0 to 150 to 0 mph test - NSX was 2nd


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Hereąs the Car & Driver test from 2000 comparing car performance from 0 to 150 to 0 mph, where one would think the NSX wouldnąt have done as well because it was designed as a supercar with superior balance in cornering, handling, as well as acceleration. But the NSX beats all but the Viper at other carsą game ‹ straight line performance and braking.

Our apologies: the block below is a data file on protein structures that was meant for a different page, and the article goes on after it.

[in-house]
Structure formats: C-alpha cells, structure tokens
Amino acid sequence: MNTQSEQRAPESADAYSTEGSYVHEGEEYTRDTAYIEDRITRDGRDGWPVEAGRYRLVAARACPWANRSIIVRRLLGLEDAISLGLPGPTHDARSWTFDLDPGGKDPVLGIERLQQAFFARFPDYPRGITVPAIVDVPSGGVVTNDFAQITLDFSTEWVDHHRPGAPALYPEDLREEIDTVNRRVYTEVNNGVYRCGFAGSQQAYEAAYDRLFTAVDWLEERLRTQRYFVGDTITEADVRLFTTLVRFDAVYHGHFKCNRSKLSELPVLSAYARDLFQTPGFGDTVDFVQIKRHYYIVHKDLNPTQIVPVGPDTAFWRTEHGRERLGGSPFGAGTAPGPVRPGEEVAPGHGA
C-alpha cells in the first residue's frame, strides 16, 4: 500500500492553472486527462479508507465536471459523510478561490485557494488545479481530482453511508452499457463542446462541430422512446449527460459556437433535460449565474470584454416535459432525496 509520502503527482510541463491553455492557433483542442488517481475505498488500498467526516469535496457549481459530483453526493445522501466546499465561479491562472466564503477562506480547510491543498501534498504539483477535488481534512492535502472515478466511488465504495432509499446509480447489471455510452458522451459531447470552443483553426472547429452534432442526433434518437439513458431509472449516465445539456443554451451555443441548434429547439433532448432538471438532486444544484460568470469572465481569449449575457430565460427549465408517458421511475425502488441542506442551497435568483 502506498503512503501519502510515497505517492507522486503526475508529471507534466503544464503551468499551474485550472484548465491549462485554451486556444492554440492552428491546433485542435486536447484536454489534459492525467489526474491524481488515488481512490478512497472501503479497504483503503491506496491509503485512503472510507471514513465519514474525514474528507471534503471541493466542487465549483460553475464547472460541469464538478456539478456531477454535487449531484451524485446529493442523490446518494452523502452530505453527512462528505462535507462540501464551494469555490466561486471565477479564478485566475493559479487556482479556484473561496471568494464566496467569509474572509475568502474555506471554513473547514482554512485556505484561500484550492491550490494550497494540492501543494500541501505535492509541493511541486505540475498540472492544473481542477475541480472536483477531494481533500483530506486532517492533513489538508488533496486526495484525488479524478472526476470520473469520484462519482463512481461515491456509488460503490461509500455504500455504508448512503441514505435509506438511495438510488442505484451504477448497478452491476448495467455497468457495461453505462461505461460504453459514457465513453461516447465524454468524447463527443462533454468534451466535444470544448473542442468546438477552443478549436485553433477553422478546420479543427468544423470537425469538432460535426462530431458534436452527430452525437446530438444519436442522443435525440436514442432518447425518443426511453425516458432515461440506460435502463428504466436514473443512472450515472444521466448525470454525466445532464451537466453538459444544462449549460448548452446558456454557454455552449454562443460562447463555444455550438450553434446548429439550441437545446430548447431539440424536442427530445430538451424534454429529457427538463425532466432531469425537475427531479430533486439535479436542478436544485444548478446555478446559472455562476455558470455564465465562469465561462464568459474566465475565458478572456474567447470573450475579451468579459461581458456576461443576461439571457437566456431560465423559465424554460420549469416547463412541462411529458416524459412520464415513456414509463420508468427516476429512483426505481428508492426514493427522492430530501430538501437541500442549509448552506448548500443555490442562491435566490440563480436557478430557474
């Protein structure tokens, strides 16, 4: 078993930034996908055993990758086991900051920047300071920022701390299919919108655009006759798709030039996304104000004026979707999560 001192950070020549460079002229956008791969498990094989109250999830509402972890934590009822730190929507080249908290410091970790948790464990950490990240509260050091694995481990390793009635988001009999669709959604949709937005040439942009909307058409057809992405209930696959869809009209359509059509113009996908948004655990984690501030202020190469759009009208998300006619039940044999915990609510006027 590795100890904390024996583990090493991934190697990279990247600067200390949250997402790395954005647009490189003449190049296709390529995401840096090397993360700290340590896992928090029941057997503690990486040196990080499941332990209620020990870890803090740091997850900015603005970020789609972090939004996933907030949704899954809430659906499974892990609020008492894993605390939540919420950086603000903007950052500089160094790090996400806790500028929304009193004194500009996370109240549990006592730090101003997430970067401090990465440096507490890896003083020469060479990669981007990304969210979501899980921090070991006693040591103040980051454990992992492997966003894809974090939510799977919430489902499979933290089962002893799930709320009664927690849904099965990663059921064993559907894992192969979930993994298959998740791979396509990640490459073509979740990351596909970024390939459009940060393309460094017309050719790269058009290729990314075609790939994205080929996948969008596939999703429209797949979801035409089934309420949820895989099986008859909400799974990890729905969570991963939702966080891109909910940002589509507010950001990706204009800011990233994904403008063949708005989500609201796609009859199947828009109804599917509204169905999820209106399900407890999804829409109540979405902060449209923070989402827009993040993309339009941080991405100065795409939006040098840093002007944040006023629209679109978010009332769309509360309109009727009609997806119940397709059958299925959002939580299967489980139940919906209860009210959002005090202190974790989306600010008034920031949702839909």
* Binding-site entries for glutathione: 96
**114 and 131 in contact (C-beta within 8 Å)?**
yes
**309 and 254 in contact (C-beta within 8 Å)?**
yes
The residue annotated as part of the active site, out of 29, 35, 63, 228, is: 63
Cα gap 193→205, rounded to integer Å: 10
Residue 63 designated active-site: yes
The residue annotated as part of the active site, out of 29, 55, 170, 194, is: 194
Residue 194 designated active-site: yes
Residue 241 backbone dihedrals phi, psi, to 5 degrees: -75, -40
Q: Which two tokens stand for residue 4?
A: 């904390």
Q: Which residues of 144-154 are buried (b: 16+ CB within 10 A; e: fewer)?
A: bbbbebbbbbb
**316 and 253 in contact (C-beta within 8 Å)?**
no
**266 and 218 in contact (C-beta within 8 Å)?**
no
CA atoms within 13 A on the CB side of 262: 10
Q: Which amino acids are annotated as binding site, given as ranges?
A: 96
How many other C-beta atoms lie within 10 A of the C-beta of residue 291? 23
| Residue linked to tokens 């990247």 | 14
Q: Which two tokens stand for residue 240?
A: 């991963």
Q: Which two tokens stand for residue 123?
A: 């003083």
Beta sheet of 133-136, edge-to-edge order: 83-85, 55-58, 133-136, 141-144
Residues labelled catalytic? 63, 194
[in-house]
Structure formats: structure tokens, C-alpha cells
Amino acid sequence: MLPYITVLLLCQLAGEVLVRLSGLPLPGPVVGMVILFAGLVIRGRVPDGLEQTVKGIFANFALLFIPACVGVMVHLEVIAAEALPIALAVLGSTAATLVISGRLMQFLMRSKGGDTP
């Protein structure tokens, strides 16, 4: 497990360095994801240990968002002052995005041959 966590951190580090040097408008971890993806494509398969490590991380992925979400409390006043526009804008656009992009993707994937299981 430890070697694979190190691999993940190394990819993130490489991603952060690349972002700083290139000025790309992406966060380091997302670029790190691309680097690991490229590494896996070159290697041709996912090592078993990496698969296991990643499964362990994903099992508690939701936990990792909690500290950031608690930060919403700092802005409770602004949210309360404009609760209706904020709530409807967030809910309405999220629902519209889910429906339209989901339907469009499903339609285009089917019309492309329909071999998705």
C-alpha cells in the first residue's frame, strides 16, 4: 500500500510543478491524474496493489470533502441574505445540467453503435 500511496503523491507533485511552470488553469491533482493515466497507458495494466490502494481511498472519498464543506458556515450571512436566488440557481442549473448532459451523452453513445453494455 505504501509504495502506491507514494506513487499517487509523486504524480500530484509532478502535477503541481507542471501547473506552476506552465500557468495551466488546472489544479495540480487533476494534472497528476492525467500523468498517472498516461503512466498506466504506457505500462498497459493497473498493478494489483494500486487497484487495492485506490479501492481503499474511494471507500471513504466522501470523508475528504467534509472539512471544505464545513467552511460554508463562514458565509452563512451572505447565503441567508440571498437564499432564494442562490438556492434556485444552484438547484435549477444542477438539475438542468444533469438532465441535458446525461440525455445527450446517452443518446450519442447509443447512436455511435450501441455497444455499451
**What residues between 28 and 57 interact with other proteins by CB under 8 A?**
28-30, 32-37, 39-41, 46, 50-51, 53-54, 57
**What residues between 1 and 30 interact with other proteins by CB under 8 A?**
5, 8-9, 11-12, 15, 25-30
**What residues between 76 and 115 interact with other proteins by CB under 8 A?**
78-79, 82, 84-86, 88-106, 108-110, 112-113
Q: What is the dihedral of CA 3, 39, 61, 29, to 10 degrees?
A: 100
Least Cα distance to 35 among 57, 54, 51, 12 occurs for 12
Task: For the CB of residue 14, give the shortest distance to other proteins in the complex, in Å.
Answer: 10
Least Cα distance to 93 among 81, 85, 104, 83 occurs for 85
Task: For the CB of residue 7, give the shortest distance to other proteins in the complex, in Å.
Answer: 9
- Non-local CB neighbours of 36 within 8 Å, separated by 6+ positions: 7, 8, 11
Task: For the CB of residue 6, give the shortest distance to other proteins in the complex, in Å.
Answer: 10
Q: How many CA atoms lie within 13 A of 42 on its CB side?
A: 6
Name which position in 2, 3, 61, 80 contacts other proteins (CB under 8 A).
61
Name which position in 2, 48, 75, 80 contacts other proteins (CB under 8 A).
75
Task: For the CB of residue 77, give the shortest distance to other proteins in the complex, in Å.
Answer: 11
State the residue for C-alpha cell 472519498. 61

How the Stockers Performed BY FRANK MARKUS In the past four years, we've tested more than 70 production cars that could top 150 mph. So when we cooked up this brutal test, we invited back seven of them. Our entrants were chosen to cover a variety of price classes and body styles. The Acura NSX, the Chevy Corvette, the Dodge Viper GTS, and the Porsche 911 Carrera represented variations on the purpose-built sports-car theme. The BMW 540i Sport and the Jaguar XJR waved the high-zoot-sedan banner, and the Chevy Camaro Z28 SS stood for value velocity with its base price of just $24,495. It should come as no surprise that the Viper won the stock class outright. Its 450 horsepower topped that of the others in the stock class and more than compensated for its fifth-ranked aerodynamic drag. It launched relatively easily from about 1500 rpm, pulled like a black hole, and then stopped without drama. Gearing kept the Viper out of its tall, overdriven fifth cog, ensuring strong acceleration right to 150. Its brakes, which are without anti-lock, were surprisingly well balanced and easy to modulate, as attested to by the smooth braking curve. Second place was a surprise. We expected the Corvette, with the second-best power-to-weight ratio and the best aerodynamics, to snatch the silver, especially since it outbraked the other stock cars with a 720-foot stop. It was a cinch to launch, and its demeanor was quiet and comfortable, even at 140 mph. But shifting into the tall 0.74:1 fifth gear at 134 mph dropped the LS1 V-8 out of its power band. At that point, the Acura NSX, which was singing along near its power peak in a 0.91:1 fifth ratio, managed to slip by and win second place. The Vette was third. We had expected the NSX and the 911 to duke it out for the bronze. Their power-to-weight ratios and aerodynamic drag are nearly equal (the 911's greater frontal area is offset by its superior 0.30 drag coefficient). But this NSX was the fastest one we've ever tested, and it diced with the Corvette to 130 mph before pulling decisively ahead to reach 150 mph two seconds in front of the Vette. Despite a soft pedal and less-than-perfect high-speed braking stability, the NSX returned the fourth-best overall stopping distance at 742 feet, trailing only the Corvette among the stockers. Our low-mileage Porsche was neither the fastest nor the slowest 911 we've tested, but it was no match for the rocket NSX. The 911 ran with the pack through 100 mph, but then its acceleration leveled off. The 911's 10-second time from 140 to 150 mph was the longest of any car's in the test, and five seconds longer than the NSX. Strong, smooth brakes couldn't make up for that much lost time, and the 911 finished in last place. Perhaps an engine with more than 600 miles on it would have run quicker. Strong pull at high speed helped the 540i six-speed beat some tall odds. Its 282-hp rating was the weakest of the stockers, and its power-to-weight and power-to-aerodynamic-drag figures were the poorest. But gearing kept its 4.4-liter V-8 near the power peak at 150 mph, which helped the BMW move from last place at 130 mph to a fourth-place finish by 150 mph. Strong, firm brakes hauled the 540i down in 796 feet, anti-locking all the way. The Jaguar XJR performs with impressive nonchalance. Tromp on the right pedal for 34.8 seconds; then stomp the left one for another 8.6. Its supercharged 370-horse V-8 does much to overcome the XJR's 0.39 drag coefficient (poorest of the stockers) and any pumping losses in the automatic tranny. The brakes faded a bit, causing the pedal to gradually stroke all the way down to the floor during each stop, but they recovered quickly and the anti-lock-equipped Jag still outbraked all three Vipers. Optimal gearing kept our Jag pulling hard to 150 mph, but pure physics conspired to rank it fifth in the stock class. The Camaro Z28 SS uses the same engine (making 25 fewer horses) and the same gear ratios as the Corvette, and indeed, it ran within a half-second of its stablemate to 100 mph. But after that, the gap widened because of the SS's higher drag coefficient (0.34 versus 0.29) and larger frontal area. Smaller tires on the Camaro prompted an earlier shift into the dreaded fifth gear, which extended the interval between 130 and 150 mph. Braking was strong and stable at 772 feet from 150 mph, topping the Eurosedans and the Vipers. Priced at a fraction of the cost of the other stockers, the Z28 SS finished sixth, but it was the easy winner in the unofficial bang-for-the-buck category.